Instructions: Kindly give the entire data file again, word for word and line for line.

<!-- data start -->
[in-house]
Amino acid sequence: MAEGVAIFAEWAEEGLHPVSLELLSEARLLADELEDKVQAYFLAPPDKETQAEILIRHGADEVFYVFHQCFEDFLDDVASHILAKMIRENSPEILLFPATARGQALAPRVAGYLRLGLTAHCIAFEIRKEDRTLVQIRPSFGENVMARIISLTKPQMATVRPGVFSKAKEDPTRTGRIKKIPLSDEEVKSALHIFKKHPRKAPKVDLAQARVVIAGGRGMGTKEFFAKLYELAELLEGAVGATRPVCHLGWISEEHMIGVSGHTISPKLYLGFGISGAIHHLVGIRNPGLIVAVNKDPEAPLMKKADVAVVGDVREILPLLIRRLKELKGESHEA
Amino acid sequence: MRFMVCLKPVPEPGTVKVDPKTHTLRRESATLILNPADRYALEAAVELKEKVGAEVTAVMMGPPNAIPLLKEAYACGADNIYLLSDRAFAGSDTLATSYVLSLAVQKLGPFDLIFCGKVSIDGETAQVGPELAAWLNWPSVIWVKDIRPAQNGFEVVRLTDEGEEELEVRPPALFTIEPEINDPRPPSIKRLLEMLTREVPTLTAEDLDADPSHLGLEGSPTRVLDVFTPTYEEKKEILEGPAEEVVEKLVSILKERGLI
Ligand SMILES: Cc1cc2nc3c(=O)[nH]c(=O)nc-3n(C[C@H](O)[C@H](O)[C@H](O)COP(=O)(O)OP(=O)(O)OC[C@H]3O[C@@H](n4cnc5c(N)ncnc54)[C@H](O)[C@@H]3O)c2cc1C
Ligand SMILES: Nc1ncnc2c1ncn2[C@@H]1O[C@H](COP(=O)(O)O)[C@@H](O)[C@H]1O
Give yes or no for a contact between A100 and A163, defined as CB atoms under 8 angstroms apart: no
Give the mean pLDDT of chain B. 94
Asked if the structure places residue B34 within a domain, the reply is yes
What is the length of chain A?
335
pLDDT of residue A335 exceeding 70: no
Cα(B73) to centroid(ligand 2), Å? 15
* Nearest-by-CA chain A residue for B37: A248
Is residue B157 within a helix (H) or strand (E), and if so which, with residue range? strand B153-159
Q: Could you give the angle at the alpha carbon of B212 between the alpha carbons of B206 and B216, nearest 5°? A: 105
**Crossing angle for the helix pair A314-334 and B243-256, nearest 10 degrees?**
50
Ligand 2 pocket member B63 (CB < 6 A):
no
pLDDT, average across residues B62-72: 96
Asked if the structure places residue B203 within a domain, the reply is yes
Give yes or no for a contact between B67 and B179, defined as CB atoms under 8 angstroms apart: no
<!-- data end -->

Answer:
[in-house]
Amino acid sequence: MAEGVAIFAEWAEEGLHPVSLELLSEARLLADELEDKVQAYFLAPPDKETQAEILIRHGADEVFYVFHQCFEDFLDDVASHILAKMIRENSPEILLFPATARGQALAPRVAGYLRLGLTAHCIAFEIRKEDRTLVQIRPSFGENVMARIISLTKPQMATVRPGVFSKAKEDPTRTGRIKKIPLSDEEVKSALHIFKKHPRKAPKVDLAQARVVIAGGRGMGTKEFFAKLYELAELLEGAVGATRPVCHLGWISEEHMIGVSGHTISPKLYLGFGISGAIHHLVGIRNPGLIVAVNKDPEAPLMKKADVAVVGDVREILPLLIRRLKELKGESHEA
Amino acid sequence: MRFMVCLKPVPEPGTVKVDPKTHTLRRESATLILNPADRYALEAAVELKEKVGAEVTAVMMGPPNAIPLLKEAYACGADNIYLLSDRAFAGSDTLATSYVLSLAVQKLGPFDLIFCGKVSIDGETAQVGPELAAWLNWPSVIWVKDIRPAQNGFEVVRLTDEGEEELEVRPPALFTIEPEINDPRPPSIKRLLEMLTREVPTLTAEDLDADPSHLGLEGSPTRVLDVFTPTYEEKKEILEGPAEEVVEKLVSILKERGLI
Ligand SMILES: Cc1cc2nc3c(=O)[nH]c(=O)nc-3n(C[C@H](O)[C@H](O)[C@H](O)COP(=O)(O)OP(=O)(O)OC[C@H]3O[C@@H](n4cnc5c(N)ncnc54)[C@H](O)[C@@H]3O)c2cc1C
Ligand SMILES: Nc1ncnc2c1ncn2[C@@H]1O[C@H](COP(=O)(O)O)[C@@H](O)[C@H]1O
Give yes or no for a contact between A100 and A163, defined as CB atoms under 8 angstroms apart: no
Give the mean pLDDT of chain B. 94
Asked if the structure places residue B34 within a domain, the reply is yes
What is the length of chain A?
335
pLDDT of residue A335 exceeding 70: no
Cα(B73) to centroid(ligand 2), Å? 15
* Nearest-by-CA chain A residue for B37: A248
Is residue B157 within a helix (H) or strand (E), and if so which, with residue range? strand B153-159
Q: Could you give the angle at the alpha carbon of B212 between the alpha carbons of B206 and B216, nearest 5°? A: 105
**Crossing angle for the helix pair A314-334 and B243-256, nearest 10 degrees?**
50
Ligand 2 pocket member B63 (CB < 6 A):
no
pLDDT, average across residues B62-72: 96
Asked if the structure places residue B203 within a domain, the reply is yes
Give yes or no for a contact between B67 and B179, defined as CB atoms under 8 angstroms apart: no